Discard ban and recreational fisheries

The survival rate of released or discarded fish has become a big issue since the latest reform of the EU's Common Fisheries Policy (the CFP of 2013) introduced a 'discard ban' (or a 'landing obligation'). The basic rule is that all fish under catch limitation regulations should be landed. However, there are exemptions, which allow continued discards e.g. Article 15(4:b): "species for which scientific evidence demonstrates high survival rates, taking into account the characteristics of the gear, of the fishing practices and of the ecosystem". 

Most fish caught by recreational anglers will typically survive the experience of being caught and released, whereas for other gears the survival rate can be anything from 0 to 100% dependent on the gear type and handling: "It is widely known that fish survival depends on a multitude of factors, including: fishing gear, fish speed, tow time, water temperature, types of sea floor, processing, exposure to air, fish condition and body length"; cutting from "The Landing Obligation and Its Implications on the Control of Fisheries" (2015) by the European Parliament's Policy Department B: Structural and Cohesion Policies, Fisheries.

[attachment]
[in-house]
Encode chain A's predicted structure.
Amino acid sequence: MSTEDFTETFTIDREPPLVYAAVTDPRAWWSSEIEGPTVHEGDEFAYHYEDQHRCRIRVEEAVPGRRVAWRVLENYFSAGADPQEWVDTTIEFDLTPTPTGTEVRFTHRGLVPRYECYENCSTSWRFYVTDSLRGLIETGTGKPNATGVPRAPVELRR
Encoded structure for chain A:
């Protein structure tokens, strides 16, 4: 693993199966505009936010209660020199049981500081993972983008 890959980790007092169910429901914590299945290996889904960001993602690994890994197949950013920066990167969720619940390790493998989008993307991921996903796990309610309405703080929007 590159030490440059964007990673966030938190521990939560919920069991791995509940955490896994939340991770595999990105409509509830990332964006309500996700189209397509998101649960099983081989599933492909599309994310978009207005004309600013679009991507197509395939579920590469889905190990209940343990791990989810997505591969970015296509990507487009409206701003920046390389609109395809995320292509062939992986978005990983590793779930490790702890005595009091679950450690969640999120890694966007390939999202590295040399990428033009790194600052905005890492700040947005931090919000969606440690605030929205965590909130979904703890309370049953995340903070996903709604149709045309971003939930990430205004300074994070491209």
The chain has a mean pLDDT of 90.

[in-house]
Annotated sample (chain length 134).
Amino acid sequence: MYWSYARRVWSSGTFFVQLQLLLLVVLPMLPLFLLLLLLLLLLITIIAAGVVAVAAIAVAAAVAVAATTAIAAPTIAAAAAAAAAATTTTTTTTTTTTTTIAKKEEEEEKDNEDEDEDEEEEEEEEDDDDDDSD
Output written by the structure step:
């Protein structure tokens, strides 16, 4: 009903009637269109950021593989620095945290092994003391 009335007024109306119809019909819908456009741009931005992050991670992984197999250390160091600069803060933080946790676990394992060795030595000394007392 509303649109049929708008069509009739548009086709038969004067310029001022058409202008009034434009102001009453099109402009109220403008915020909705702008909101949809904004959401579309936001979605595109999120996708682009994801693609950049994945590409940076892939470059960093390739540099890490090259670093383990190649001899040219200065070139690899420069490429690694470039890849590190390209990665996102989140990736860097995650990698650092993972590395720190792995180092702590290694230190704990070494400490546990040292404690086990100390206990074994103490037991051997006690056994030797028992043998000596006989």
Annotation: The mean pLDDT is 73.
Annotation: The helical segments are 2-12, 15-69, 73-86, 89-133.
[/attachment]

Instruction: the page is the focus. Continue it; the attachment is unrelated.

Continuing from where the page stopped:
The discard ban arguably only applies to commercial fisheries. Nevertheless, catch and release data are required by the Data Collection Framework with regard to some species (cod, Bluefin tuna, salmon, eels, sea bass and sharks) and by the CFP for stock assessment of these and other species: "A large proportion of recreational catch is often released, so accurate estimates of post-release mortality are also required for stock assessment. Post-release mortality is difficult to measure and is dependent on many factors including capture depth, gear, and species. More studies are needed in this area." "Recreational sea fishing – the high value forgotten catch " (2014) - by K. Hyder, M. Armstrong, K. Ferter and H. V. Strehlow; p. 8.